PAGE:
Controlling a computer with your mind? Really? Professor Salwomir Nasuto’s Brain Embodiment Lab delights in bringing cutting-edge neuroscience to young people, wherever they might be.

His large, interdisciplinary team devises interactive demonstrations that are accessible, fun and easy-to-understand, allowing young people aged 8 to 18 to enter a world where science-fiction and science-fact merge. A colourful riot of serious research, virtual reality and good old-fashioned showmanship, the spectacle gets even better when that ‘how-did-they-do-that’ moment is actually answered. By including both a jaw-dropping result and the research that led to it, the team shares their own joy in the process of discovery. Perhaps unsurprisingly, adults enjoy playing too.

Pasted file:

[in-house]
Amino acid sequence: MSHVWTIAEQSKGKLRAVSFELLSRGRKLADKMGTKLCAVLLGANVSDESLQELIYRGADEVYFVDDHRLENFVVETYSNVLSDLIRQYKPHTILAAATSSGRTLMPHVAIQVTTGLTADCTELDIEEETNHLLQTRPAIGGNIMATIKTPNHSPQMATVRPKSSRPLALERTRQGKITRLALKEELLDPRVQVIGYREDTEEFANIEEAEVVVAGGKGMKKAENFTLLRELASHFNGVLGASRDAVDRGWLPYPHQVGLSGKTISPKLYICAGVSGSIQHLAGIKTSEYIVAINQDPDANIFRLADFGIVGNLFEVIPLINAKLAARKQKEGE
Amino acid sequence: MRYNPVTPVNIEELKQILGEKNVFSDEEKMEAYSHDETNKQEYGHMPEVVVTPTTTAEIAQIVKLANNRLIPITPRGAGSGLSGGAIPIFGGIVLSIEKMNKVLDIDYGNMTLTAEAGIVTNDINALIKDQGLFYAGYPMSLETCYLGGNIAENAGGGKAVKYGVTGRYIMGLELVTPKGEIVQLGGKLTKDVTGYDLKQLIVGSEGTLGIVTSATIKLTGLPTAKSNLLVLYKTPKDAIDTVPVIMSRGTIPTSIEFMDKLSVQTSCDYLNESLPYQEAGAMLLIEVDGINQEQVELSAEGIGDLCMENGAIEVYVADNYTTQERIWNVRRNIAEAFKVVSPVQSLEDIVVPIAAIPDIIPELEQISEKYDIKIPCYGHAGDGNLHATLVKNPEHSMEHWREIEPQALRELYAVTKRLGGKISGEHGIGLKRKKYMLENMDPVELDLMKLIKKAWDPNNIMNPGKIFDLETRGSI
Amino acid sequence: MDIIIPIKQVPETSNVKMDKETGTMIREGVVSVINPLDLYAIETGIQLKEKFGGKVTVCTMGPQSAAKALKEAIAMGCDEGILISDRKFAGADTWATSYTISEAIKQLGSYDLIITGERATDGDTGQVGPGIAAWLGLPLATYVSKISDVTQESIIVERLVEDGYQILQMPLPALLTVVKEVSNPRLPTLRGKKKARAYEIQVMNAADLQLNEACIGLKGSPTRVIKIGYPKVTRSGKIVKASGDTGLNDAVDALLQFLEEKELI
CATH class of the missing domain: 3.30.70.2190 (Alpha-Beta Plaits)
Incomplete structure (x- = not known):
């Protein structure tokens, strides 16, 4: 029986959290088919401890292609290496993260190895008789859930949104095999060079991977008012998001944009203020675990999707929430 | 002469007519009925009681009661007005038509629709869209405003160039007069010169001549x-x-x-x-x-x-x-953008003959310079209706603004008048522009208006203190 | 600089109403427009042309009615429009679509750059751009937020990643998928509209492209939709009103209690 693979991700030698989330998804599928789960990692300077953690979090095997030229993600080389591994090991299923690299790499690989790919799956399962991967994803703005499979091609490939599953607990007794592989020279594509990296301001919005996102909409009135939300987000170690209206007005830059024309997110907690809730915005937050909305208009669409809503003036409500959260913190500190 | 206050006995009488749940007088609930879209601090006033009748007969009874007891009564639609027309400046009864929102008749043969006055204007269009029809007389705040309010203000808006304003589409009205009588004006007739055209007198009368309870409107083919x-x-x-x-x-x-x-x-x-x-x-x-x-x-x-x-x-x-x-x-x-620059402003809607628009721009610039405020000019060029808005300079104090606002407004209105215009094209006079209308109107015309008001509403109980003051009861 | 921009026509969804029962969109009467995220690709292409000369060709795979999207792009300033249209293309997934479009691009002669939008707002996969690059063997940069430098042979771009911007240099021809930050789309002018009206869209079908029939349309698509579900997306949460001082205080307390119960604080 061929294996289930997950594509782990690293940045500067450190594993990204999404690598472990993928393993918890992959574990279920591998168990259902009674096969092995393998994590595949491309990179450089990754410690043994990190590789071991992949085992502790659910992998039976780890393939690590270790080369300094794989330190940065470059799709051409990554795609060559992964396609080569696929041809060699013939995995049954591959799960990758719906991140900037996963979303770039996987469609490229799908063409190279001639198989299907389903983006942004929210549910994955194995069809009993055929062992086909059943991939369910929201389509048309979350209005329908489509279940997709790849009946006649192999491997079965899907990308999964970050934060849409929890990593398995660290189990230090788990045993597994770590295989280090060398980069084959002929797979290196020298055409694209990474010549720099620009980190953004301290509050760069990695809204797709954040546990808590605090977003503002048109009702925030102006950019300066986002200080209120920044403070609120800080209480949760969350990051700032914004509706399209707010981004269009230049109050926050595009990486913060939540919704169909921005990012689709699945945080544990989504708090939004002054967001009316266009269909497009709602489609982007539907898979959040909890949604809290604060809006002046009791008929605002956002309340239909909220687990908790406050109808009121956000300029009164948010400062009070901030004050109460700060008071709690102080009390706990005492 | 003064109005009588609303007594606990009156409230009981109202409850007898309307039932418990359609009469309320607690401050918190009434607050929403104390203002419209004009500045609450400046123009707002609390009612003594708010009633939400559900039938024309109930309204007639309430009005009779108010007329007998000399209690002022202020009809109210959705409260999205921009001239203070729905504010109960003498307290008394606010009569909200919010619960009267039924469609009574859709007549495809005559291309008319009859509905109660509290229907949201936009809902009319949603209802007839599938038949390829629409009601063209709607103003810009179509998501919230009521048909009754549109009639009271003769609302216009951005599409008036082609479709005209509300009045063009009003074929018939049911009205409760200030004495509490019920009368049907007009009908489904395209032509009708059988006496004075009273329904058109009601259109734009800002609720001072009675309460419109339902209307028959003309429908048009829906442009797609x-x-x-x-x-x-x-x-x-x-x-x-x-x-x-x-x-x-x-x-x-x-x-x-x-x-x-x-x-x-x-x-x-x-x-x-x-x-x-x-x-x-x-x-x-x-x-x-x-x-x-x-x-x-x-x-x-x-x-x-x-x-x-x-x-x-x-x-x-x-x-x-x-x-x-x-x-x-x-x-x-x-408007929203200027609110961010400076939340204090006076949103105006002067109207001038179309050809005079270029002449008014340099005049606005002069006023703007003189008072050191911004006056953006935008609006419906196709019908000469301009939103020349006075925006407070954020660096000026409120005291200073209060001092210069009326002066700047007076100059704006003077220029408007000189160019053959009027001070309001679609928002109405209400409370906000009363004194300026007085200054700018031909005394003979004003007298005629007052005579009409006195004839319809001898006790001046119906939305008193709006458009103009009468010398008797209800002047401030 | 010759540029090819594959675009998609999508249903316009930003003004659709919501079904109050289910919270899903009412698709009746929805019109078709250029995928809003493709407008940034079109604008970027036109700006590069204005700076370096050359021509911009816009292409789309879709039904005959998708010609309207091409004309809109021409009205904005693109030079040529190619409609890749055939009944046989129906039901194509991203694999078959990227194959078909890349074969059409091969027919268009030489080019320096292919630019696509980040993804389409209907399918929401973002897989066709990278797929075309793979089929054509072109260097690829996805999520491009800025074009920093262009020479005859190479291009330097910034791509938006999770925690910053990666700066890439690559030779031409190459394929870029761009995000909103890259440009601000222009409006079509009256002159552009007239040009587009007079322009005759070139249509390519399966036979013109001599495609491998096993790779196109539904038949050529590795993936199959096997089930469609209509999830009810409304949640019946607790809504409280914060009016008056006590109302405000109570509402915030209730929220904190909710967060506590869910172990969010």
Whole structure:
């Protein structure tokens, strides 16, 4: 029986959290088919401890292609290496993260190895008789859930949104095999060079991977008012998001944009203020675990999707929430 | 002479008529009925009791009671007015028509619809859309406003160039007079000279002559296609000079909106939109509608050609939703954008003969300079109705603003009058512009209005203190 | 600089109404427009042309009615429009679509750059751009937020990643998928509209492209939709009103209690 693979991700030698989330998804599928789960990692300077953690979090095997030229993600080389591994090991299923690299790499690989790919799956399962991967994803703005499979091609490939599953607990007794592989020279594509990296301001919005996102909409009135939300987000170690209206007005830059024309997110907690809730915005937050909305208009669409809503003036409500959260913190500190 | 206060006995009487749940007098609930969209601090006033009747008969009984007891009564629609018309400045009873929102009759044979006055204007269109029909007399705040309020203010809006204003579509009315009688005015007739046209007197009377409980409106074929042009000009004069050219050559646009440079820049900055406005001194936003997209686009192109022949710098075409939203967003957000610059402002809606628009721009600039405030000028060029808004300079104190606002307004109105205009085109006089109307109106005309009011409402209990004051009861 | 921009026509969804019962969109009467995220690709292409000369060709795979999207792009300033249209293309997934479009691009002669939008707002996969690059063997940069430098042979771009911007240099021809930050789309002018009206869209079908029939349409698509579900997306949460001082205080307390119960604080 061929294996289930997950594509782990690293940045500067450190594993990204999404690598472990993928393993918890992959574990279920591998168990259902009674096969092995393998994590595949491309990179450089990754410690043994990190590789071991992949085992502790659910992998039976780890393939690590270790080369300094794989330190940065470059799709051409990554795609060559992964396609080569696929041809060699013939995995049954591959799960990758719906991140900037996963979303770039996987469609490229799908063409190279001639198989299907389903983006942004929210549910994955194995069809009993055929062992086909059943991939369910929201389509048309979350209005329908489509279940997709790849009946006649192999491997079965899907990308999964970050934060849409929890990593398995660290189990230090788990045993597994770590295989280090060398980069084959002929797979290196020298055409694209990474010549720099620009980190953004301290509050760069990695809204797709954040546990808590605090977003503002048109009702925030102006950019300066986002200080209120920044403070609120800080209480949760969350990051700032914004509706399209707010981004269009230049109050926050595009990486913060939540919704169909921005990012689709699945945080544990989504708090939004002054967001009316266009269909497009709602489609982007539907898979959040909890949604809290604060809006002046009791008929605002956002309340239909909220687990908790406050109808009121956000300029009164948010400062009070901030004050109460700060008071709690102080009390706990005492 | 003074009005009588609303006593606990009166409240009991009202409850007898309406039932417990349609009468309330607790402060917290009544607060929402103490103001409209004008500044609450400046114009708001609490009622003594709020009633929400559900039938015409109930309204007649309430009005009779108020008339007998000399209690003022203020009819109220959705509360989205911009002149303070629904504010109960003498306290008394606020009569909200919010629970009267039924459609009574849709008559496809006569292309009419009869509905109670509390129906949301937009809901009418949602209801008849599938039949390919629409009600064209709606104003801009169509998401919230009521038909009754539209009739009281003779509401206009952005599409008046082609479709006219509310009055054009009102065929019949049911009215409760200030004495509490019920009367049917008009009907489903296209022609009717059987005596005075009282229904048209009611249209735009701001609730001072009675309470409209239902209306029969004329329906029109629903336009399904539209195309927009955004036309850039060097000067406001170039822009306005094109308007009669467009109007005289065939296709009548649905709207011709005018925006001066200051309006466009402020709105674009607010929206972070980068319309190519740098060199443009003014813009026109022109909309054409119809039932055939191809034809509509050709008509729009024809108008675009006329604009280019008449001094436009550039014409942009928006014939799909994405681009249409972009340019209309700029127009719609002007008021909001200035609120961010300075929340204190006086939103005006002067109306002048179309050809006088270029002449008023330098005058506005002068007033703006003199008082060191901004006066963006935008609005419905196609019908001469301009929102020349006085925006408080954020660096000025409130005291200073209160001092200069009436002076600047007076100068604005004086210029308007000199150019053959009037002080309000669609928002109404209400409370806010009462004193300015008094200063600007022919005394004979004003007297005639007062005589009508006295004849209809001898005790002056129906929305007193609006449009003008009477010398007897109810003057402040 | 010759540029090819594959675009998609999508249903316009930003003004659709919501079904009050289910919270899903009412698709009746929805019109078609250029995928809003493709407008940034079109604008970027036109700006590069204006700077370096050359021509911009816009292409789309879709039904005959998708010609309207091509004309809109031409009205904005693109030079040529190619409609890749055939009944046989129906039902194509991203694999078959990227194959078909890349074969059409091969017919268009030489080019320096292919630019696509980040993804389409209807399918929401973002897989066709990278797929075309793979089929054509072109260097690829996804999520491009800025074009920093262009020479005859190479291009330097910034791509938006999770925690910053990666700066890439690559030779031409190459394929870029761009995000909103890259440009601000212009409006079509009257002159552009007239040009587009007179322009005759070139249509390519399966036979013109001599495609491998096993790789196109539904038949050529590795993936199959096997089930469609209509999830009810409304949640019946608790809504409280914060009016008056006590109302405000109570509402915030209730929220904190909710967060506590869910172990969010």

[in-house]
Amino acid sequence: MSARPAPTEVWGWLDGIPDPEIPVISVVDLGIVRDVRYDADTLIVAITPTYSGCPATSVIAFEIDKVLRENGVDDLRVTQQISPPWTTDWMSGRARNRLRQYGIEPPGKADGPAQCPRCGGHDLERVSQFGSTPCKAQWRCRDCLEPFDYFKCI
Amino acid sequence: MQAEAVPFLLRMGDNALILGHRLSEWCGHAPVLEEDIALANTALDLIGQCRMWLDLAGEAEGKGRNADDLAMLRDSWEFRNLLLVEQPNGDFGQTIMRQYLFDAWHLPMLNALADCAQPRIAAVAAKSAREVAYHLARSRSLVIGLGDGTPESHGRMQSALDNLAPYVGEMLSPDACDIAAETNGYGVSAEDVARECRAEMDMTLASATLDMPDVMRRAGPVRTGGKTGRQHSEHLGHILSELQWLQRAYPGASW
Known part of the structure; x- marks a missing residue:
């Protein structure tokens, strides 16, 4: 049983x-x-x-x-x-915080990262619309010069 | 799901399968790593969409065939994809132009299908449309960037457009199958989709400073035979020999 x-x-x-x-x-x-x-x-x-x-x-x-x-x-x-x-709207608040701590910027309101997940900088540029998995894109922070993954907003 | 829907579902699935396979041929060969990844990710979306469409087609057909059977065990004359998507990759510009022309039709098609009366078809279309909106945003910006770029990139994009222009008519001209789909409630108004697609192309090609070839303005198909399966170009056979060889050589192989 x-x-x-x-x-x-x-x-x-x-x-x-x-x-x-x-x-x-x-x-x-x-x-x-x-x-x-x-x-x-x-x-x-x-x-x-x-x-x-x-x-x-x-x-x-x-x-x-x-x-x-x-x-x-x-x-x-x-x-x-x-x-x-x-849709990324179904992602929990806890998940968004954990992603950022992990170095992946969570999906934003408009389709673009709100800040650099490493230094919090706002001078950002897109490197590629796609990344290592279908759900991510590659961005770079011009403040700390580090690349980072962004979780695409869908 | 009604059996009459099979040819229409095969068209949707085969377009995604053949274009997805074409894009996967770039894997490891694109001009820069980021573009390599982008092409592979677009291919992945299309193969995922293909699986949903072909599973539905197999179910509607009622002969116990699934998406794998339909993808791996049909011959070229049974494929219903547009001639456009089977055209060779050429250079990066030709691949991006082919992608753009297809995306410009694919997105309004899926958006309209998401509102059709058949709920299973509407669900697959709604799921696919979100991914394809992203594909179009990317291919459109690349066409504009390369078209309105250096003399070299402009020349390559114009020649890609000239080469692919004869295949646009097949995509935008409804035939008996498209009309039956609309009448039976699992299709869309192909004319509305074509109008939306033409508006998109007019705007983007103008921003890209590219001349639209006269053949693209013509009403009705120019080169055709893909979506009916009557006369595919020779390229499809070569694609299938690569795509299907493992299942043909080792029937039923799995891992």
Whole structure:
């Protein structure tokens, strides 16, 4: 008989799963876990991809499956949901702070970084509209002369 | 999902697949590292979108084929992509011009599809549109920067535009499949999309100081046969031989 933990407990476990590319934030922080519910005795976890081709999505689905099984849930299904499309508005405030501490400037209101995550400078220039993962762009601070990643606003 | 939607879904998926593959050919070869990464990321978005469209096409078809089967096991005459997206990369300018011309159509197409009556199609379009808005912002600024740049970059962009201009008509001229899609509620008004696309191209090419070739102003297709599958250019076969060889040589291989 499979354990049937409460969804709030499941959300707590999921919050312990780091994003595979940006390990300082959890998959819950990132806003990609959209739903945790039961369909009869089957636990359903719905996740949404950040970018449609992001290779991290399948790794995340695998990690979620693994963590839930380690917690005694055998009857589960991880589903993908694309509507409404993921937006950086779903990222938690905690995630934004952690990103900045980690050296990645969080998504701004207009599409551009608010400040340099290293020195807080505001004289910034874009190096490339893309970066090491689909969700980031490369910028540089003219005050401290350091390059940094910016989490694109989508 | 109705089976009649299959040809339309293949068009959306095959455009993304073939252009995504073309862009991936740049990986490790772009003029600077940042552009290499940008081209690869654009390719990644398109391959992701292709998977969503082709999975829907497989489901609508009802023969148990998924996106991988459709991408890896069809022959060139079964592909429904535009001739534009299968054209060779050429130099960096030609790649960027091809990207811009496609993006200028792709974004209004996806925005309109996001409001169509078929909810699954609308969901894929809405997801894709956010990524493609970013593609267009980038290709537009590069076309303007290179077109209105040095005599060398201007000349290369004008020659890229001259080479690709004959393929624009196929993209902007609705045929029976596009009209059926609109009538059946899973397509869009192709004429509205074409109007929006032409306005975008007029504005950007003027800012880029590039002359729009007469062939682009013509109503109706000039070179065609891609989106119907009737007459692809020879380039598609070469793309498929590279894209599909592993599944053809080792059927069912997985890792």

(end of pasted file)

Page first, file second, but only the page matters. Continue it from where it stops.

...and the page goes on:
Interacting with scores of young people in schools and museums and hundreds at events such as the Big Bang Science Fair, the team adapts presentations according to the audience. Bite-sized nuggets for young children and small groups so everyone gets a go; more in-depth explanations for older, larger groups. For the famous Royal Institution Christmas Lectures in 2017 the team focused on a demonstration with true wow-factor: human to human ‘telepathic control.’ Ten times, a volunteer from the audience correctly received signals sent from her daughter in another room via brain waves and electrodes – amazing, and engaging, thousands of young people with the wonders of neuroscience, and inspiring them to get involved themselves.

Team: Ioannis Zoulias, Slawomir Nasuto and team

Partners: The Royal Institution

Judges’ comments: “The team has taken a creative approach to introducing complex scientific concepts to children – their collaborative approach is helping them to reach large audiences”